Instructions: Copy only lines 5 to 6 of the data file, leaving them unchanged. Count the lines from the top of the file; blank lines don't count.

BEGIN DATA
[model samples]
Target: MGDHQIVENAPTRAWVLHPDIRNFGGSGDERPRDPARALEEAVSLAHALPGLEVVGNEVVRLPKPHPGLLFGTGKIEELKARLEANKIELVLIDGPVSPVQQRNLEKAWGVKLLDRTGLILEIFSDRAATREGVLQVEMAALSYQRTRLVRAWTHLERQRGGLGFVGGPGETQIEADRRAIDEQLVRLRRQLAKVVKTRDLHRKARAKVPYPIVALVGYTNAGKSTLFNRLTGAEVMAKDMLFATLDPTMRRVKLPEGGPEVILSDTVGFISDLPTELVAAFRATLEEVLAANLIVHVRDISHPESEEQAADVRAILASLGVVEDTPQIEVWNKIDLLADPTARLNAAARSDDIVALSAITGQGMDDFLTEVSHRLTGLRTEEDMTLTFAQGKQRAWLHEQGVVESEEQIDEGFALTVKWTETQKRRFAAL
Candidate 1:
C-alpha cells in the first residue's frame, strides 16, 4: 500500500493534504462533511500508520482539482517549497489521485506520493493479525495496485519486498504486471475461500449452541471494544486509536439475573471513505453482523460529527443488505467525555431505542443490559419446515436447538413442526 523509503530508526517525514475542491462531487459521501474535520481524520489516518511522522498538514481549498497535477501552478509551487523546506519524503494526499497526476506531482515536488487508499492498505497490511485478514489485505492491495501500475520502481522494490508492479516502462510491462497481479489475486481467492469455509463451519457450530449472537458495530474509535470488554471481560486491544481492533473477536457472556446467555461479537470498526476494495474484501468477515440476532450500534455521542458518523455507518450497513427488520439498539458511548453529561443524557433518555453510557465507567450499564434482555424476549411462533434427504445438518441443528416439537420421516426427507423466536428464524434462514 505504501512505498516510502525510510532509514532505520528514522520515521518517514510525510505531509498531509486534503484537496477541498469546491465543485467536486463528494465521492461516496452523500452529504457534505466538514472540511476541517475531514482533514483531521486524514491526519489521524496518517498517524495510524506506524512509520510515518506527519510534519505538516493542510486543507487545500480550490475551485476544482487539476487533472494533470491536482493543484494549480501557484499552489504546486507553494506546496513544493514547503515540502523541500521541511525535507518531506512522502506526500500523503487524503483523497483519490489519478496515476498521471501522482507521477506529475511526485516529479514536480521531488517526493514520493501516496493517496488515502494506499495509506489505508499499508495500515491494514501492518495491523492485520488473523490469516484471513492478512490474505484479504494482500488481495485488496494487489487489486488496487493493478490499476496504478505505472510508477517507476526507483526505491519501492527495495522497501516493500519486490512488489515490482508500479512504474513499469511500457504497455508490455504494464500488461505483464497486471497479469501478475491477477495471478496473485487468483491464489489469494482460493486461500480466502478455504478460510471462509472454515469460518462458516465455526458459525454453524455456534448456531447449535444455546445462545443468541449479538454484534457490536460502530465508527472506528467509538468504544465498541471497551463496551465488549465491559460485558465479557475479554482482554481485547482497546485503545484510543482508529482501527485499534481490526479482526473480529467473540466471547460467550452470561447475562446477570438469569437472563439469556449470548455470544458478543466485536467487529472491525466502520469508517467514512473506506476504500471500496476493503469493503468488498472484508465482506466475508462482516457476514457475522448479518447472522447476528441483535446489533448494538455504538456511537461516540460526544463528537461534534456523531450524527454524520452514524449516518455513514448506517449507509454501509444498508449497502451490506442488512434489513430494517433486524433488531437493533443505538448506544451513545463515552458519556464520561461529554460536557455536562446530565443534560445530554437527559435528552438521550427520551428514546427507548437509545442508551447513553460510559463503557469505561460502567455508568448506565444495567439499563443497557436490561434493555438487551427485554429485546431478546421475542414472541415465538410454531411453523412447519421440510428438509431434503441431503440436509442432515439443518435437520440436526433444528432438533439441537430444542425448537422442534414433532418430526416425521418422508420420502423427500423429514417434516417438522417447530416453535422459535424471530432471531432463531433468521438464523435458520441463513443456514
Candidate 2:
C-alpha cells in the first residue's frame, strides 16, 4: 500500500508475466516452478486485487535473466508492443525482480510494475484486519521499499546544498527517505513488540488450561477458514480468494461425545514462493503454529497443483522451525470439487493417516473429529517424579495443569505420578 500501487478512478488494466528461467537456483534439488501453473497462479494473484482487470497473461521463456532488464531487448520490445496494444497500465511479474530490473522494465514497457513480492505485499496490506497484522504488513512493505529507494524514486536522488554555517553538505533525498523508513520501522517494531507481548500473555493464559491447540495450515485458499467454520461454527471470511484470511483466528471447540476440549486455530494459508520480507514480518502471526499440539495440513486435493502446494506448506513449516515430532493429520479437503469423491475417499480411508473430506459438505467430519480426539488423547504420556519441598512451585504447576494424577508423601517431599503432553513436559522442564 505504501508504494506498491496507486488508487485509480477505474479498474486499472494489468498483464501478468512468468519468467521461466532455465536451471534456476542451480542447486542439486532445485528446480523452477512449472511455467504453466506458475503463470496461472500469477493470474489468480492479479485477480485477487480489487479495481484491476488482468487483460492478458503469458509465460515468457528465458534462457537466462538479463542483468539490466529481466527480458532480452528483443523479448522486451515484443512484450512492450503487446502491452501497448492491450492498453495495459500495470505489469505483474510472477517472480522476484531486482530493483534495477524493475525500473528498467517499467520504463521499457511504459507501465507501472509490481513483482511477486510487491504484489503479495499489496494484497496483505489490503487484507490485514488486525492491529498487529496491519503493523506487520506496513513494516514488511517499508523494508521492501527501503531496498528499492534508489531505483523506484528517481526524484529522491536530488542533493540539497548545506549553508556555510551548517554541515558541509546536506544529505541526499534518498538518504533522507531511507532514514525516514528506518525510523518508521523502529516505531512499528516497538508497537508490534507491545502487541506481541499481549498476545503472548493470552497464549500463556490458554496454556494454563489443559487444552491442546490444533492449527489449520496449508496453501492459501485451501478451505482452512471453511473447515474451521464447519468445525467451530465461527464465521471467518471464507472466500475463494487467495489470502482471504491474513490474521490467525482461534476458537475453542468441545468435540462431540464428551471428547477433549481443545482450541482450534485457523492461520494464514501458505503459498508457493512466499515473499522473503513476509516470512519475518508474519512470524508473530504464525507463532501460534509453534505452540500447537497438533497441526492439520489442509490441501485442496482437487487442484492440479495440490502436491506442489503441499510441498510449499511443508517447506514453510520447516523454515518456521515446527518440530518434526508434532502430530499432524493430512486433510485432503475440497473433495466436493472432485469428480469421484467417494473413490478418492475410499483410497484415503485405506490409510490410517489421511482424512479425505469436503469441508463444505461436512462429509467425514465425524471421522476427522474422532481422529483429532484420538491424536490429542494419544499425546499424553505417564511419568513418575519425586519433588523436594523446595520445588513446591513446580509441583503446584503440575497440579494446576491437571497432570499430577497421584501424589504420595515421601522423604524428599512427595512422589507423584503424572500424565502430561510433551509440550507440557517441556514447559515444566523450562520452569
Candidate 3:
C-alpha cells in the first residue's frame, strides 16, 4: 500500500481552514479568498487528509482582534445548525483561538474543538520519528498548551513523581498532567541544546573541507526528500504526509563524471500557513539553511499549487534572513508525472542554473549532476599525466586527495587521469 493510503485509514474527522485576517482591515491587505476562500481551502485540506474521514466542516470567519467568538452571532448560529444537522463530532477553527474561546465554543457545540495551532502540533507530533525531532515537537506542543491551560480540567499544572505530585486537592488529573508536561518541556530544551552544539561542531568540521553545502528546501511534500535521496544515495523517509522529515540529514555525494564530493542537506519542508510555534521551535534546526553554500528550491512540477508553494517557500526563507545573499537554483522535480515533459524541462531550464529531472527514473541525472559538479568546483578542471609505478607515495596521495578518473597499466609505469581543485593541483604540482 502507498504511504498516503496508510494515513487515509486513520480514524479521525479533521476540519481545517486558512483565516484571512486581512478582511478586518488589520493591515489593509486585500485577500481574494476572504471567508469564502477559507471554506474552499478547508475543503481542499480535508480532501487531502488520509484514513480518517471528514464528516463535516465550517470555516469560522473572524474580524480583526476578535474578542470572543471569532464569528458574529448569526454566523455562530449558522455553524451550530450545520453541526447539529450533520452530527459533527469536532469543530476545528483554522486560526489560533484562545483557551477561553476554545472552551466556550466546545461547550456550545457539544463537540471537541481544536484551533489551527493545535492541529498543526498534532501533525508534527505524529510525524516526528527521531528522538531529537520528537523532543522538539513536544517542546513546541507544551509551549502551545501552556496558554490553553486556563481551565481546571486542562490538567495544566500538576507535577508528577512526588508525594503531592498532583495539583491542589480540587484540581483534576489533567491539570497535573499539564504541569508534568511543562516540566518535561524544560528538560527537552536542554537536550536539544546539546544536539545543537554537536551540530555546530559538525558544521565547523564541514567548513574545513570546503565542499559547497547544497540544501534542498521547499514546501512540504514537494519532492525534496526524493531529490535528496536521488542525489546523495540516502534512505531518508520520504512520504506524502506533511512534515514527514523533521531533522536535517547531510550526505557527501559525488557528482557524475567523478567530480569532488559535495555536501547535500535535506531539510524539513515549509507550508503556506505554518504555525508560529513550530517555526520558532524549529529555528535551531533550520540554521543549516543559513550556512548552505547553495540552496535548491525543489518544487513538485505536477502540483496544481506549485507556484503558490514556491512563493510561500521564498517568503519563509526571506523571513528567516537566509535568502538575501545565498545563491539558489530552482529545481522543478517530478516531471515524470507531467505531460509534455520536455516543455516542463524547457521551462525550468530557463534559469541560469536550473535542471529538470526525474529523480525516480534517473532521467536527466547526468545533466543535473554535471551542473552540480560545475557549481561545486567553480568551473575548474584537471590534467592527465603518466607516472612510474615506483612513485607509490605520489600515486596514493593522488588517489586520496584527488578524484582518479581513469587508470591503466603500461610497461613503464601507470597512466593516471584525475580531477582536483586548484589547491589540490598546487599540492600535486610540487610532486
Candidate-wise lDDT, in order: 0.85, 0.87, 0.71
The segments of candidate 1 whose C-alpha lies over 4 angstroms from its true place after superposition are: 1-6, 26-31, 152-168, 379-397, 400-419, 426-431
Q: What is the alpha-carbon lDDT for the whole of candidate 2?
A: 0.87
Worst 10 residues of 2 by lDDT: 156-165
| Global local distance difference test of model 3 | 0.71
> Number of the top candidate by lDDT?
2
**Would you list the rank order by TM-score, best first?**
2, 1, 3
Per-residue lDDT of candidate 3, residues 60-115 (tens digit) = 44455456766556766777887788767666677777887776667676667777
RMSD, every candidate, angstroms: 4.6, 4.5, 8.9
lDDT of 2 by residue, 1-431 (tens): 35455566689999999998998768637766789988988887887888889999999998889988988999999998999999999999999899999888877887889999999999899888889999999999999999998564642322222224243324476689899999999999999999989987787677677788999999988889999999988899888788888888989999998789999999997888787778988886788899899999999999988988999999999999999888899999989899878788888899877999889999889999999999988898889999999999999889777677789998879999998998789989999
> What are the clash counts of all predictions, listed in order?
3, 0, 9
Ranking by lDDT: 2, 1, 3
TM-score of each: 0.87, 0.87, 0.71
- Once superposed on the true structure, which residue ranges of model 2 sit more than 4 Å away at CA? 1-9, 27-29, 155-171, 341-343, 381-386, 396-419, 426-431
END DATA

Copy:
Candidate 2:
C-alpha cells in the first residue's frame, strides 16, 4: 500500500508475466516452478486485487535473466508492443525482480510494475484486519521499499546544498527517505513488540488450561477458514480468494461425545514462493503454529497443483522451525470439487493417516473429529517424579495443569505420578 500501487478512478488494466528461467537456483534439488501453473497462479494473484482487470497473461521463456532488464531487448520490445496494444497500465511479474530490473522494465514497457513480492505485499496490506497484522504488513512493505529507494524514486536522488554555517553538505533525498523508513520501522517494531507481548500473555493464559491447540495450515485458499467454520461454527471470511484470511483466528471447540476440549486455530494459508520480507514480518502471526499440539495440513486435493502446494506448506513449516515430532493429520479437503469423491475417499480411508473430506459438505467430519480426539488423547504420556519441598512451585504447576494424577508423601517431599503432553513436559522442564 505504501508504494506498491496507486488508487485509480477505474479498474486499472494489468498483464501478468512468468519468467521461466532455465536451471534456476542451480542447486542439486532445485528446480523452477512449472511455467504453466506458475503463470496461472500469477493470474489468480492479479485477480485477487480489487479495481484491476488482468487483460492478458503469458509465460515468457528465458534462457537466462538479463542483468539490466529481466527480458532480452528483443523479448522486451515484443512484450512492450503487446502491452501497448492491450492498453495495459500495470505489469505483474510472477517472480522476484531486482530493483534495477524493475525500473528498467517499467520504463521499457511504459507501465507501472509490481513483482511477486510487491504484489503479495499489496494484497496483505489490503487484507490485514488486525492491529498487529496491519503493523506487520506496513513494516514488511517499508523494508521492501527501503531496498528499492534508489531505483523506484528517481526524484529522491536530488542533493540539497548545506549553508556555510551548517554541515558541509546536506544529505541526499534518498538518504533522507531511507532514514525516514528506518525510523518508521523502529516505531512499528516497538508497537508490534507491545502487541506481541499481549498476545503472548493470552497464549500463556490458554496454556494454563489443559487444552491442546490444533492449527489449520496449508496453501492459501485451501478451505482452512471453511473447515474451521464447519468445525467451530465461527464465521471467518471464507472466500475463494487467495489470502482471504491474513490474521490467525482461534476458537475453542468441545468435540462431540464428551471428547477433549481443545482450541482450534485457523492461520494464514501458505503459498508457493512466499515473499522473503513476509516470512519475518508474519512470524508473530504464525507463532501460534509453534505452540500447537497438533497441526492439520489442509490441501485442496482437487487442484492440479495440490502436491506442489503441499510441498510449499511443508517447506514453510520447516523454515518456521515446527518440530518434526508434532502430530499432524493430512486433510485432503475440497473433495466436493472432485469428480469421484467417494473413490478418492475410499483410497484415503485405506490409510490410517489421511482424512479425505469436503469441508463444505461436512462429509467425514465425524471421522476427522474422532481422529483429532484420538491424536490429542494419544499425546499424553505417564511419568513418575519425586519433588523436594523446595520445588513446591513446580509441583503446584503440575497440579494446576491437571497432570499430577497421584501424589504420595515421601522423604524428599512427595512422589507423584503424572500424565502430561510433551509440550507440557517441556514447559515444566523450562520452569